House flips at local record high; Greene, Sullivan top counties for ROI

House flipping increased in popularity and profitability in the Tri-Cities last year. Investors in six of eight local markets had a gross return on investments (ROI) on flips that were well above the national average. Flippers in Sullivan and Greene counties has the highest gross ROI. The report is also an example of how entrepreneurs see, seize and profit from a market opportunity.

According to Attom Data Solutions’ Year-End 2017 U.S. Home Flipping Report, local property investors flipped 533 homes last year. That’s a 21.4% increase from last year’s total and a 408% increase from 2011’s 105 flips. Nationwide, last year’s flips were up 4% – the highest level since 2007.

Attom analyzed sales deed data for its report. A single-family home or condo flip was any transaction that occurred in the year where a previous sale on the same property had occurred within the last 12 months. The average gross flipping profit is the difference between the purchase price and the flipped price (not including rehab costs and other expenses incurred, which flipping veterans estimate typically run between 20% and 33% of the property’s after repair value). Gross flipping return on investment was calculated by dividing the gross flipping profit by the first sale (purchase) price.


Local flips began tracking dramatically higher in 2015. The timeframe dovetails with the year when investors were getting aggressive in the housing market that afforded a good return on flipping homes for resale. Others were active earlier to expand their rental inventory. Those were also the same years that the recovering housing market began releasing pent-up demand driving home sales – especially those in the $200,000 and below price range – to record levels. Those sales drove inventories in that price range to record low levels.

Attom’s report shows that the average gross ROI on a flip nationwide was 49.8%. Here’s how ROIs at local markets looked:

Greene Co.  – 97.9%

Sullivan Co. – 88.3%

Bristol VA – 82%

Washington Co. TN – 77.9%

Hawkins Co. – 75.7%.

Carter Co. – 43.7%.

Washington Co. VA – 36.4%.

Unicoi Co.  – 3.6%.

Compared to 2016’s annual average ROI every local market except Washington Co. VA and Unico Co. increased. Most of those increases were in the 20% plus range. The exceptions were Carter and Greene counties.

Attom’s report says last year’s flips had a 5.9% share of all single-family home and condo sales, up from 5.7% in 2016 and the highest level since 2013. The local market performance was stronger.

Here’s what the local flips market share of all sales looked last year:

Carter Co. – 10.5%

Greene Co. – 4.4%

Hawkins Co. – 8.7%.

Sullivan Co. – 5.4%.

Unicoi Co. – 5.6%.

“The surge in home flipping in the last three years is built on a more fundamentally sound foundation than the flipping frenzy that we witnessed a little more than a decade ago,” said Daren Blomquist, senior vice president at Attom Data Solutions. “Flippers are behaving more rationally, as evidenced by average gross flipping returns of 50% over the last three years compared to average gross flipping returns of just 31% between 2004 and 2006 — the last time we saw more than 200,000 home flips in consecutive years. And while financing for flippers has become more readily available in recent years, 65% of flippers still used cash to buy homes flipped in 2017, nearly the reverse of 2004 to 2006, when 63% of flippers were leveraging financing to buy.”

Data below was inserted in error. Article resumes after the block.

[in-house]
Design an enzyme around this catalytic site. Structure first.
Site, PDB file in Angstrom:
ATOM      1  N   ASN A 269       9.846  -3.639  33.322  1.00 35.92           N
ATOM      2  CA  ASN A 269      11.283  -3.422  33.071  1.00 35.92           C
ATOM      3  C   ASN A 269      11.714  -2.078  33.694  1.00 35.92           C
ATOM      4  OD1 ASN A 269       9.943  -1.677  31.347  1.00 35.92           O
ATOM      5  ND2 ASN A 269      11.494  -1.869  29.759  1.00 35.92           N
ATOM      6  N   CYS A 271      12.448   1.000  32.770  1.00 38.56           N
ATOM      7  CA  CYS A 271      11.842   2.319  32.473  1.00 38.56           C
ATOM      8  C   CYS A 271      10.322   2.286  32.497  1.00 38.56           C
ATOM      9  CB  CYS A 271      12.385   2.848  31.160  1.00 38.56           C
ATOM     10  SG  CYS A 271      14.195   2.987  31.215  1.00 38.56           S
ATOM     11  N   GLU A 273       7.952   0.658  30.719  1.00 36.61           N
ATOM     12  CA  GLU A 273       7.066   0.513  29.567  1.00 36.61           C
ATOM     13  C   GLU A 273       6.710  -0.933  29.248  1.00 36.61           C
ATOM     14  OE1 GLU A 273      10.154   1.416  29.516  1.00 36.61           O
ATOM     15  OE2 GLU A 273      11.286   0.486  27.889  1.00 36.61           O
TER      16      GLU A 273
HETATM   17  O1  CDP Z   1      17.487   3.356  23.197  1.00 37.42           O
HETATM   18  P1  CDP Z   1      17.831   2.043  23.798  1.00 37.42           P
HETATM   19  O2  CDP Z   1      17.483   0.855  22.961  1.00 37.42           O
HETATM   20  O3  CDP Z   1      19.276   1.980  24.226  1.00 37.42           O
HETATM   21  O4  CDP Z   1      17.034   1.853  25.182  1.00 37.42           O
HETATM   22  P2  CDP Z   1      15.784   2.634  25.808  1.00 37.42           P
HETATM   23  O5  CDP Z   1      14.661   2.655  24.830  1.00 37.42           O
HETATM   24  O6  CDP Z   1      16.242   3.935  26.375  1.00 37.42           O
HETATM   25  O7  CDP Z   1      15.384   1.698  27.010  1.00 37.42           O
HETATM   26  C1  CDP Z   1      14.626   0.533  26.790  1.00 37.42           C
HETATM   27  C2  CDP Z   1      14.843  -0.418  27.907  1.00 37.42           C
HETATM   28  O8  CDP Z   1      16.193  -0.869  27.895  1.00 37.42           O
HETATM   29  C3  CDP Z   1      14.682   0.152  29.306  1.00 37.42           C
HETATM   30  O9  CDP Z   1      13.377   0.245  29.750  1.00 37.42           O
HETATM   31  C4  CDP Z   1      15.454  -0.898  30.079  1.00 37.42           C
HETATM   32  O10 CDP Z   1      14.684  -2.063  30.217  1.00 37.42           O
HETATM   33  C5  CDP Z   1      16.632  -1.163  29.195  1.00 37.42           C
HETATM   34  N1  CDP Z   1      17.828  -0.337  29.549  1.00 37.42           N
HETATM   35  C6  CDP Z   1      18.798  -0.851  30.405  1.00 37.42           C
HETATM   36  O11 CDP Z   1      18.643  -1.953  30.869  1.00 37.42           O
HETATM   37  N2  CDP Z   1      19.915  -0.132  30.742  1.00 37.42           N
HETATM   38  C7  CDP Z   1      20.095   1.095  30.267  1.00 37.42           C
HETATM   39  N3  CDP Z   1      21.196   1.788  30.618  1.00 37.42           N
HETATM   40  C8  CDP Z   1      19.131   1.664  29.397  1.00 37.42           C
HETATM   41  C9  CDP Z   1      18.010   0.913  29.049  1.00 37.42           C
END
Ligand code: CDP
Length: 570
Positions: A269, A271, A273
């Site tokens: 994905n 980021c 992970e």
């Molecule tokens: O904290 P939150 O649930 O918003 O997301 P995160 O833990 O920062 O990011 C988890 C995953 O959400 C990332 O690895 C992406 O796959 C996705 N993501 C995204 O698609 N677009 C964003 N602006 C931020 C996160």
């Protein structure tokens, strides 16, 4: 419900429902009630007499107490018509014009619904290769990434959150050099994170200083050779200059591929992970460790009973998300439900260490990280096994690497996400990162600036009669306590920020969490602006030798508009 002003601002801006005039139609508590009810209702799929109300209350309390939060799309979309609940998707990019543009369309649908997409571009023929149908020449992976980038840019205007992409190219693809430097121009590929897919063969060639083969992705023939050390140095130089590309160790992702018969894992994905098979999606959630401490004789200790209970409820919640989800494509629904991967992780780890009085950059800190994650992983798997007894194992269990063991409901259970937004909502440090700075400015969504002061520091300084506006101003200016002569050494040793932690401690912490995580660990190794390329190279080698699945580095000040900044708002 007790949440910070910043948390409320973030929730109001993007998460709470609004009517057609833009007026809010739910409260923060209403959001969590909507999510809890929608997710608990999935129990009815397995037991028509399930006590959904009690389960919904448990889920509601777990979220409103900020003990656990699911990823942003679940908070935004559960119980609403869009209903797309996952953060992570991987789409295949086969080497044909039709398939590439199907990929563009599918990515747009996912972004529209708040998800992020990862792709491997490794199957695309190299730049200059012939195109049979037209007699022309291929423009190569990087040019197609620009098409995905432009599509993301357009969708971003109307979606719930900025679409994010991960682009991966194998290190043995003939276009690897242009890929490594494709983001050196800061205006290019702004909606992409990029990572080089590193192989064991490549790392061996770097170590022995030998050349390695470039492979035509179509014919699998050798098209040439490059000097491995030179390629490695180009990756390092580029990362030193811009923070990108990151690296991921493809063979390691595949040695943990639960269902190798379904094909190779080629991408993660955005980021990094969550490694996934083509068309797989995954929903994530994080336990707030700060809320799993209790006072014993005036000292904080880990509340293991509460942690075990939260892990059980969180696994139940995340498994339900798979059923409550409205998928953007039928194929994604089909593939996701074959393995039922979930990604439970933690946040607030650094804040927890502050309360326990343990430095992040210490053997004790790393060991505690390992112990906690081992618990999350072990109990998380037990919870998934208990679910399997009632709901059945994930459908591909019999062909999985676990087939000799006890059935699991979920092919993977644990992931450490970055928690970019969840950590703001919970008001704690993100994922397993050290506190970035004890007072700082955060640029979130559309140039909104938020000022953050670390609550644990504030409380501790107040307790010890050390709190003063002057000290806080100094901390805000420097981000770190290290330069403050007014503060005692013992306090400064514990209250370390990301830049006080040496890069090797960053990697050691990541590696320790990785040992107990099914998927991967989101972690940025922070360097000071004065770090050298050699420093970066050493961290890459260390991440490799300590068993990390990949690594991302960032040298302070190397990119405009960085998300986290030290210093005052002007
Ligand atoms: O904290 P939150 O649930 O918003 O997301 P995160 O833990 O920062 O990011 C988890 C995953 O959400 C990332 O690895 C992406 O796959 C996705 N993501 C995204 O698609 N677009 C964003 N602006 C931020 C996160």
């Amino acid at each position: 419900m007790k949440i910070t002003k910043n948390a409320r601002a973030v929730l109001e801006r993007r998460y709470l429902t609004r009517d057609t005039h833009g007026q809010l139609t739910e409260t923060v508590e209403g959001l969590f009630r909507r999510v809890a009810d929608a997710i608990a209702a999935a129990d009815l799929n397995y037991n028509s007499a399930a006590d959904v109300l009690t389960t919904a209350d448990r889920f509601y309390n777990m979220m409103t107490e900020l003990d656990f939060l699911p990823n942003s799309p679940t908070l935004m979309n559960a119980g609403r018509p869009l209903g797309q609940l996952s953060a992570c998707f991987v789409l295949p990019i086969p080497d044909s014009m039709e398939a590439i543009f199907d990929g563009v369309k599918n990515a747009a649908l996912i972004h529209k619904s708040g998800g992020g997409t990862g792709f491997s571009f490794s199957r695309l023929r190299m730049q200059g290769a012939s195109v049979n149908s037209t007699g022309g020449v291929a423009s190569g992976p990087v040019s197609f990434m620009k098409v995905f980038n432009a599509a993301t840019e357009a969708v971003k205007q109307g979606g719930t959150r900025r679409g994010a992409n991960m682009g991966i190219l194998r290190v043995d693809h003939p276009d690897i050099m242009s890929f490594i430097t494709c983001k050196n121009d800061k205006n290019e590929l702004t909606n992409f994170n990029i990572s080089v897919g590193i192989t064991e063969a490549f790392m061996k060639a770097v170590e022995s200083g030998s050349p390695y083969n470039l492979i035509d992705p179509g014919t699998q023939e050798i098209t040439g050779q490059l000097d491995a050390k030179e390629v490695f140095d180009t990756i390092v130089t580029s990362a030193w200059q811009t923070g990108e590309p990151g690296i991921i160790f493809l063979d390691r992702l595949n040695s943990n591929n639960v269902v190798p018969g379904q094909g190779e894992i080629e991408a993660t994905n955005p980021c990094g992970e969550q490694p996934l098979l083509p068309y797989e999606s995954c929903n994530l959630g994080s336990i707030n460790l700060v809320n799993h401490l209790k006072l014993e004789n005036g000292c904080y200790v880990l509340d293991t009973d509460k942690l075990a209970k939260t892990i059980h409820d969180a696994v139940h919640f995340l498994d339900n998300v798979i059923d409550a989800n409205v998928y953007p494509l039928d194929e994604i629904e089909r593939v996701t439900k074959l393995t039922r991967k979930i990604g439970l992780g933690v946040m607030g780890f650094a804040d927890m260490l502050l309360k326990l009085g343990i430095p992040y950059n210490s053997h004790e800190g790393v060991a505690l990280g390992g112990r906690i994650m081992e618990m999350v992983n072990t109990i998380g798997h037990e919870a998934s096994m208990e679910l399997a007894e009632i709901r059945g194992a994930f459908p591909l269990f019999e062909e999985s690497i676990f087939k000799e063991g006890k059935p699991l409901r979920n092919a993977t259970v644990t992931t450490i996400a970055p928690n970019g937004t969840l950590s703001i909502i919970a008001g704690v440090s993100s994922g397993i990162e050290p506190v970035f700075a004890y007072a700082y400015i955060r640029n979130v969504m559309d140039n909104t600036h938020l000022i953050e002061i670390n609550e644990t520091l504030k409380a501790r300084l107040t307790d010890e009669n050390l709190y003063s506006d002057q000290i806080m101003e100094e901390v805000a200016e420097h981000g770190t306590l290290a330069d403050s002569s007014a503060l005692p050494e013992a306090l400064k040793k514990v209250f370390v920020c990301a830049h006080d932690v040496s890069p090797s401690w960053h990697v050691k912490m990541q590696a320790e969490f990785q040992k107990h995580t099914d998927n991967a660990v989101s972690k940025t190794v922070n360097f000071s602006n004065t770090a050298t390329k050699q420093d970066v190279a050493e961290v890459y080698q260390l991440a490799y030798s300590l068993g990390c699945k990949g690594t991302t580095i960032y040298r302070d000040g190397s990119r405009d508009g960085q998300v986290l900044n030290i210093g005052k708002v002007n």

Blomquist’s financing observation can be illustrated locally when the share of all-cash sales began ranging from 30% to 50% in many local counties. Those all-cash sales first showed up shortly after the recession bottomed out and when there were ample foreclosures on the market. At that time many of the investors were buying to expand or replenish their stock of rental properties. Flipping came more prominent when inventories in the $200,000 and below price range dropped to record lows which enhanced the marketability and profitability of flips.

At the same time more, real estate professionals were becoming investors both as landlords and flippers. Brian Hullette at Conservus Real Estate Group is an example.  Like many others, he entered the real estate profession when they market was on the upswing. He began flipping to augment his business of listings and selling properties early on when competition dramatically increased because more people were entering the real estate business to cash-in on the rising market.  He said his first flip was almost by accident. He had a listing where the owner set his price too low. Hullette told the client the price was too low, but “he just wanted out, so I bought it.” He flipped the property and had a good return on the investment. That opened his eyes to the potential, so he began learning more about the financial side of flipped and flipped several other properties.

It’s not an uncommon story.

How long flipping will be in vogue depends on market conditions. Despite the popularity of HGTV so far much of the flips for resale have targeted the $200,000 and below. And much of that was driven by the inventory of properties that could be flipped then sold at a reasonable profit. The next step up would be the higher price ranges of housing that is not being serviced by new home construction or ones that can be competitive with existing homes on the market. But that step up will likely be more dependent on financing instead of all-cash sales. A step up is also heavily dependent on labor and materials cost. Building supplies used in refurbishing and remodeling had a good year last year and it’s expected to be better this year. That’s driven by both flips and owners upgrading their existing home or one they have recently bought.



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